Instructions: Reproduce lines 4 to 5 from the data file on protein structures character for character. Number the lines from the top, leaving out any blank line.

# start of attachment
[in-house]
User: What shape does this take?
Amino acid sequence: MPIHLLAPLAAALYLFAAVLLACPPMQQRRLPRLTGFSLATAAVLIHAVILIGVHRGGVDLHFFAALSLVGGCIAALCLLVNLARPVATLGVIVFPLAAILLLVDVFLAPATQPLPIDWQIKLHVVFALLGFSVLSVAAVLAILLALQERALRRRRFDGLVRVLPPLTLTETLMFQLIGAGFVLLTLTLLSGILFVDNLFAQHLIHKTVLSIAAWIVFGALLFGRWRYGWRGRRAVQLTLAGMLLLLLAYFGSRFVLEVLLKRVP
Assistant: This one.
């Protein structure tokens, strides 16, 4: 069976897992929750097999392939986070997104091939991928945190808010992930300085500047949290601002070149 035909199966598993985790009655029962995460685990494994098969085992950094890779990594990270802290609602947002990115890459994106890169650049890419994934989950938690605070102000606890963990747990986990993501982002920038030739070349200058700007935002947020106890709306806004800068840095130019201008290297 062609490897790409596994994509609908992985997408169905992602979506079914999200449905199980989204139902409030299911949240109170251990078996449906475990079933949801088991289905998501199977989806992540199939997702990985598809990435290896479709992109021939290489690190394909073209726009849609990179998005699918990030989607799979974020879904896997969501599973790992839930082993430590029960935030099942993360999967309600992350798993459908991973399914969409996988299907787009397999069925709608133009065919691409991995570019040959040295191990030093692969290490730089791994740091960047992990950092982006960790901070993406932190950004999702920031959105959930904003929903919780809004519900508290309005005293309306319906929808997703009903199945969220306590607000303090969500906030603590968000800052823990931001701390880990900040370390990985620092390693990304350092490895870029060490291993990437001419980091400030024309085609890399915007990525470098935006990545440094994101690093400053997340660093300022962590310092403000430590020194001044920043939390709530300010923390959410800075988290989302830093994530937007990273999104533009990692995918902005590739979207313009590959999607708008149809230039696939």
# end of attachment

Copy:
Assistant: This one.
């Protein structure tokens, strides 16, 4: 069976897992929750097999392939986070997104091939991928945190808010992930300085500047949290601002070149 035909199966598993985790009655029962995460685990494994098969085992950094890779990594990270802290609602947002990115890459994106890169650049890419994934989950938690605070102000606890963990747990986990993501982002920038030739070349200058700007935002947020106890709306806004800068840095130019201008290297 062609490897790409596994994509609908992985997408169905992602979506079914999200449905199980989204139902409030299911949240109170251990078996449906475990079933949801088991289905998501199977989806992540199939997702990985598809990435290896479709992109021939290489690190394909073209726009849609990179998005699918990030989607799979974020879904896997969501599973790992839930082993430590029960935030099942993360999967309600992350798993459908991973399914969409996988299907787009397999069925709608133009065919691409991995570019040959040295191990030093692969290490730089791994740091960047992990950092982006960790901070993406932190950004999702920031959105959930904003929903919780809004519900508290309005005293309306319906929808997703009903199945969220306590607000303090969500906030603590968000800052823990931001701390880990900040370390990985620092390693990304350092490895870029060490291993990437001419980091400030024309085609890399915007990525470098935006990545440094994101690093400053997340660093300022962590310092403000430590020194001044920043939390709530300010923390959410800075988290989302830093994530937007990273999104533009990692995918902005590739979207313009590959999607708008149809230039696939």